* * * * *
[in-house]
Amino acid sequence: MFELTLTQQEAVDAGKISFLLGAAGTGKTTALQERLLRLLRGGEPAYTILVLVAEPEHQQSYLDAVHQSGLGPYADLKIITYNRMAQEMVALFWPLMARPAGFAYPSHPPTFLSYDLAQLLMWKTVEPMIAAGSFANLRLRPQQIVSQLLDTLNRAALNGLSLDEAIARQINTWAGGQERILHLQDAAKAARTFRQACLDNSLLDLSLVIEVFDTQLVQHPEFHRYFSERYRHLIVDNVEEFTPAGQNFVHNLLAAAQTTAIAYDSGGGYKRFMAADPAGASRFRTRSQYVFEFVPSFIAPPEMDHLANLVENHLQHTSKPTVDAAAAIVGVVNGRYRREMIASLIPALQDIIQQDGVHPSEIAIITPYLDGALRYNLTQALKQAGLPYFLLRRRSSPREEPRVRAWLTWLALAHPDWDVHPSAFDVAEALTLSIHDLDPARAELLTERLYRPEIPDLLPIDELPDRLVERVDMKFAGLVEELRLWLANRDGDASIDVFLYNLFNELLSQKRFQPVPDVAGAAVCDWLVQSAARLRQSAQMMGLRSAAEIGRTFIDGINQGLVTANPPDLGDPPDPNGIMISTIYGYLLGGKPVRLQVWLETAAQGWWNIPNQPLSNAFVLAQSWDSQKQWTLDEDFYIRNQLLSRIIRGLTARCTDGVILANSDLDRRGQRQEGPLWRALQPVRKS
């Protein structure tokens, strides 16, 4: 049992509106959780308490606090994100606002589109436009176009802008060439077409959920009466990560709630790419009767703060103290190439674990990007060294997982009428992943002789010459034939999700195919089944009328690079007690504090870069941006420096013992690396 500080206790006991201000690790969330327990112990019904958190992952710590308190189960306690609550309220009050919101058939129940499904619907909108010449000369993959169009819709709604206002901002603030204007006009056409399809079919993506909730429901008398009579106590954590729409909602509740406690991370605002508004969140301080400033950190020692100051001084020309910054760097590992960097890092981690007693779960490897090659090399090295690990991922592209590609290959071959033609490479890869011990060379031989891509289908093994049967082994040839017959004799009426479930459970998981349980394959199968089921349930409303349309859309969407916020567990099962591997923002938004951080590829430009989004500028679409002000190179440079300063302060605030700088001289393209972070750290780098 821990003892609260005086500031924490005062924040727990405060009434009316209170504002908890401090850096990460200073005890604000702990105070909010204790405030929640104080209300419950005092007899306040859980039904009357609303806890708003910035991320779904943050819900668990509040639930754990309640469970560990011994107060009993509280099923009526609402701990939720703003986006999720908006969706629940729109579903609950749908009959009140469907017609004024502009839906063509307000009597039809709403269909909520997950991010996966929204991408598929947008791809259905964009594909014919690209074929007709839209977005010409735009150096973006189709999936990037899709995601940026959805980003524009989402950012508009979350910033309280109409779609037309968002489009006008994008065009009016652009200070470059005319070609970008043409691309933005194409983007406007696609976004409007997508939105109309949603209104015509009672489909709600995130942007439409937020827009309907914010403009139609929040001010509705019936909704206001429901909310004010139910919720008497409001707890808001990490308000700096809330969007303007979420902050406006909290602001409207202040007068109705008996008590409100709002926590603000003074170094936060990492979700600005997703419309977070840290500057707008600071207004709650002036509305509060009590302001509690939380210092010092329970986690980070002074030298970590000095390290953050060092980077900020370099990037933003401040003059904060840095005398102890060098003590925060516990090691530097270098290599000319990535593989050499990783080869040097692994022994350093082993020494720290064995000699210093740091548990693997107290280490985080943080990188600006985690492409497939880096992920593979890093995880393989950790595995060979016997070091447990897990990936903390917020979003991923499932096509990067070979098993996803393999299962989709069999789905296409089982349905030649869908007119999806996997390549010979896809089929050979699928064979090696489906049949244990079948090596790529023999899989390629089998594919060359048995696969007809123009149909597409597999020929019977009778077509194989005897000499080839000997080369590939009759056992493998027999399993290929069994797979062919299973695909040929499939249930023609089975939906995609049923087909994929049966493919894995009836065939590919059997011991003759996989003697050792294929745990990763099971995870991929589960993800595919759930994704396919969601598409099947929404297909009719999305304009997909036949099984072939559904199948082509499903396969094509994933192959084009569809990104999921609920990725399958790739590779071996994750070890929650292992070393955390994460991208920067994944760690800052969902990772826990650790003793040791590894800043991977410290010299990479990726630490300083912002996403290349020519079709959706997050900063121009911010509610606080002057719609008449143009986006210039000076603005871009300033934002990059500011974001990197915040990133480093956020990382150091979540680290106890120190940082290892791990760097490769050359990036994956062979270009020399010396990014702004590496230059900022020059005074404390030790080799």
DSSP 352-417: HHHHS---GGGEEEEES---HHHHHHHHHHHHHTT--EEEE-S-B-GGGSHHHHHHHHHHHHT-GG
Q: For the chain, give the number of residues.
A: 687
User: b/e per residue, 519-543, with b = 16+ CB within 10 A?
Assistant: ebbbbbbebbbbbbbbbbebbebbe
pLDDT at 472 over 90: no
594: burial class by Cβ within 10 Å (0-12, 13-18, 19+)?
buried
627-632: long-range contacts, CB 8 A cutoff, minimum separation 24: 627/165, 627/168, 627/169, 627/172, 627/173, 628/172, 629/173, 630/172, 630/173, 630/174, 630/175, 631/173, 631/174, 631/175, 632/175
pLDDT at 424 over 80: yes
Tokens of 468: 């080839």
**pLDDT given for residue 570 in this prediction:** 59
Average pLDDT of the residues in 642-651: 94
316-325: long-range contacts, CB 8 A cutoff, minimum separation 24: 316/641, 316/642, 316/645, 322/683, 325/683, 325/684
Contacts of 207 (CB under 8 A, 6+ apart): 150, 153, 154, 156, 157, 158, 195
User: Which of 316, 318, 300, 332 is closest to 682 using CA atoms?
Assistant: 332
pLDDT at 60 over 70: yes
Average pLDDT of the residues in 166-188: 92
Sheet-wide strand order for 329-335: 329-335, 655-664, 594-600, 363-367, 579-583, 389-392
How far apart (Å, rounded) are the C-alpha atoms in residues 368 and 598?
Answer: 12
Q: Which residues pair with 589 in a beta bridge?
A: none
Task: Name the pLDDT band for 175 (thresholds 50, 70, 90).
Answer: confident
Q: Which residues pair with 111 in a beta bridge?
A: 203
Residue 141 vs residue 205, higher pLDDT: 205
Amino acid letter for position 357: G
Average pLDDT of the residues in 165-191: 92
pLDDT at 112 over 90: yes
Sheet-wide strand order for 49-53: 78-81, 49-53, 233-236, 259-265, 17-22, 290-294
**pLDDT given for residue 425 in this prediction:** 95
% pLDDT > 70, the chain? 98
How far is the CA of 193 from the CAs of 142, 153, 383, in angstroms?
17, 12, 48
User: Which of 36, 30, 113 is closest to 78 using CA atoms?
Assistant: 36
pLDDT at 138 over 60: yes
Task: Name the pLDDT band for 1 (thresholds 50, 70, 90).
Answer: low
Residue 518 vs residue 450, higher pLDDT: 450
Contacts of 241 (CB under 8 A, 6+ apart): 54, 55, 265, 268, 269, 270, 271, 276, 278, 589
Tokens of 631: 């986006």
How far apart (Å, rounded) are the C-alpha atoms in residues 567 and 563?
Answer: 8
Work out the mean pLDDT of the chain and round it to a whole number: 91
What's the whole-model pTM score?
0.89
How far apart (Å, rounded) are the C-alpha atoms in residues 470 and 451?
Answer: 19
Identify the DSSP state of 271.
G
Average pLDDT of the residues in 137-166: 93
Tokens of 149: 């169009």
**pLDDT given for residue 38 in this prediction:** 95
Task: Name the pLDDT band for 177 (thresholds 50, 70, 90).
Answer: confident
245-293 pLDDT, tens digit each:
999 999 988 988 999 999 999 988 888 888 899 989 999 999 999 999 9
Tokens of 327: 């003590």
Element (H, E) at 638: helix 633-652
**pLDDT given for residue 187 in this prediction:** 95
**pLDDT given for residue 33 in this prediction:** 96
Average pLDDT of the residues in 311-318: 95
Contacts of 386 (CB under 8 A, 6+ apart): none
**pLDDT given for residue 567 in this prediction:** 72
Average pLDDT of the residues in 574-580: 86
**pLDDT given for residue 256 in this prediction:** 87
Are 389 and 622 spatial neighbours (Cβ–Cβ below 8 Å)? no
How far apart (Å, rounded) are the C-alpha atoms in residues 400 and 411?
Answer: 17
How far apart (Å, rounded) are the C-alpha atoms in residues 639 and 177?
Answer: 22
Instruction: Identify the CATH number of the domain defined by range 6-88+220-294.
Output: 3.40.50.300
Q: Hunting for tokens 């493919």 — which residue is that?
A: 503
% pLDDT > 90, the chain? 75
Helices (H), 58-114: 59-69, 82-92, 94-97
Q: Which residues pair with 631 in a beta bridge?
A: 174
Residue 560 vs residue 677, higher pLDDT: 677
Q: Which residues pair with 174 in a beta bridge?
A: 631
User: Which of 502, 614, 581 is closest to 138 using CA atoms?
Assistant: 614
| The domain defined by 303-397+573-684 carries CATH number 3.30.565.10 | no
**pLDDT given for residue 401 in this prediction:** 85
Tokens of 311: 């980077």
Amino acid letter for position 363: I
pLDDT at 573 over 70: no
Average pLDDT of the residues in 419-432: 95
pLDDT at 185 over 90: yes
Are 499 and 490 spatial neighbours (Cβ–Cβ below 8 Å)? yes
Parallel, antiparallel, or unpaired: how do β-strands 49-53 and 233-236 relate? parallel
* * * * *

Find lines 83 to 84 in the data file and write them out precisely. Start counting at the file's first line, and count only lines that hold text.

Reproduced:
% pLDDT > 90, the chain? 75
Helices (H), 58-114: 59-69, 82-92, 94-97